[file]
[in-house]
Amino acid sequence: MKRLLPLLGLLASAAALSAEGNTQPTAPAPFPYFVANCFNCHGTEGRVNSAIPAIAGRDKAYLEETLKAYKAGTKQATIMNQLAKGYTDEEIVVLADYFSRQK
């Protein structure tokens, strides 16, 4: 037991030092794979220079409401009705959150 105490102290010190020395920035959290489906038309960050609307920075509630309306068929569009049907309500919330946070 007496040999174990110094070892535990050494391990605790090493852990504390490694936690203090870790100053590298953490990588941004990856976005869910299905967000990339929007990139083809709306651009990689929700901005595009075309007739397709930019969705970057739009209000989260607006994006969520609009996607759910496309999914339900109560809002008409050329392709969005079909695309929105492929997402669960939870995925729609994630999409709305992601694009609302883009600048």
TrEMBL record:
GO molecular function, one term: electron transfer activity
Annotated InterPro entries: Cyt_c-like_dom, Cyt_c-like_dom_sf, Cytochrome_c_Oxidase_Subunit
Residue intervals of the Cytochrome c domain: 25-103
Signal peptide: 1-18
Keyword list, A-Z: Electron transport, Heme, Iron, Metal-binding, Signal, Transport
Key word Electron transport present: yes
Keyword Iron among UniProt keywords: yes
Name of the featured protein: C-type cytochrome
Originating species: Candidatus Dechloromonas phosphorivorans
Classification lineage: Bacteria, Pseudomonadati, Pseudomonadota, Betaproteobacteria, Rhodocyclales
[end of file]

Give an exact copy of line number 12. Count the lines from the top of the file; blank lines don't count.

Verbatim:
Name of the featured protein: C-type cytochrome